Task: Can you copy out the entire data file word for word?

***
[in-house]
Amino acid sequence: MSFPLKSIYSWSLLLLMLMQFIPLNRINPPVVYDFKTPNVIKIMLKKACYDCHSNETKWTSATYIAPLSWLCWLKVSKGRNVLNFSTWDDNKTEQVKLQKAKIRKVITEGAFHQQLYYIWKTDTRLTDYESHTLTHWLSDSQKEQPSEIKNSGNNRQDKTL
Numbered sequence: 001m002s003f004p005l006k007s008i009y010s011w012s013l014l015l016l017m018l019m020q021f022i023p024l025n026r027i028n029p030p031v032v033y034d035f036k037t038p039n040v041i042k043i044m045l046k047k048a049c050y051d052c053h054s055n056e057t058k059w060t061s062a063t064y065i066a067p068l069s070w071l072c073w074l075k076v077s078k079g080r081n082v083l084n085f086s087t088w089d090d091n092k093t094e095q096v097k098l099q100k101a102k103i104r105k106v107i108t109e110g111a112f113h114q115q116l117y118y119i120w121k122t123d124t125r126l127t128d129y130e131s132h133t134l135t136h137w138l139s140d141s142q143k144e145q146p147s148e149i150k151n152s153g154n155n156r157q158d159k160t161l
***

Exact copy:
[in-house]
Amino acid sequence: MSFPLKSIYSWSLLLLMLMQFIPLNRINPPVVYDFKTPNVIKIMLKKACYDCHSNETKWTSATYIAPLSWLCWLKVSKGRNVLNFSTWDDNKTEQVKLQKAKIRKVITEGAFHQQLYYIWKTDTRLTDYESHTLTHWLSDSQKEQPSEIKNSGNNRQDKTL
Numbered sequence: 001m002s003f004p005l006k007s008i009y010s011w012s013l014l015l016l017m018l019m020q021f022i023p024l025n026r027i028n029p030p031v032v033y034d035f036k037t038p039n040v041i042k043i044m045l046k047k048a049c050y051d052c053h054s055n056e057t058k059w060t061s062a063t064y065i066a067p068l069s070w071l072c073w074l075k076v077s078k079g080r081n082v083l084n085f086s087t088w089d090d091n092k093t094e095q096v097k098l099q100k101a102k103i104r105k106v107i108t109e110g111a112f113h114q115q116l117y118y119i120w121k122t123d124t125r126l127t128d129y130e131s132h133t134l135t136h137w138l139s140d141s142q143k144e145q146p147s148e149i150k151n152s153g154n155n156r157q158d159k160t161l